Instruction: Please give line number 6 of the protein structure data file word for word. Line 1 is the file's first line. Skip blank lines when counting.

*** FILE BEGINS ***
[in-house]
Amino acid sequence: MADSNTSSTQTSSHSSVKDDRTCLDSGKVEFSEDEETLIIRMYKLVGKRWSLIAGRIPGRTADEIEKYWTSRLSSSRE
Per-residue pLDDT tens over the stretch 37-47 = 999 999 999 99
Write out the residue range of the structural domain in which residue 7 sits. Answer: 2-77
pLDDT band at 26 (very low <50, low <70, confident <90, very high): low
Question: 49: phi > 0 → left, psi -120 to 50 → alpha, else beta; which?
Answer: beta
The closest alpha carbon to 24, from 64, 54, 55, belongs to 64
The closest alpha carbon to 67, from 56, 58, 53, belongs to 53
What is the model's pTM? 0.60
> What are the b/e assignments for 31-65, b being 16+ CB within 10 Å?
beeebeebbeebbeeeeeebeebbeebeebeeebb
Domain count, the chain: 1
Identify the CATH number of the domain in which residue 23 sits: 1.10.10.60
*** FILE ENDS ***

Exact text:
Question: 49: phi > 0 → left, psi -120 to 50 → alpha, else beta; which?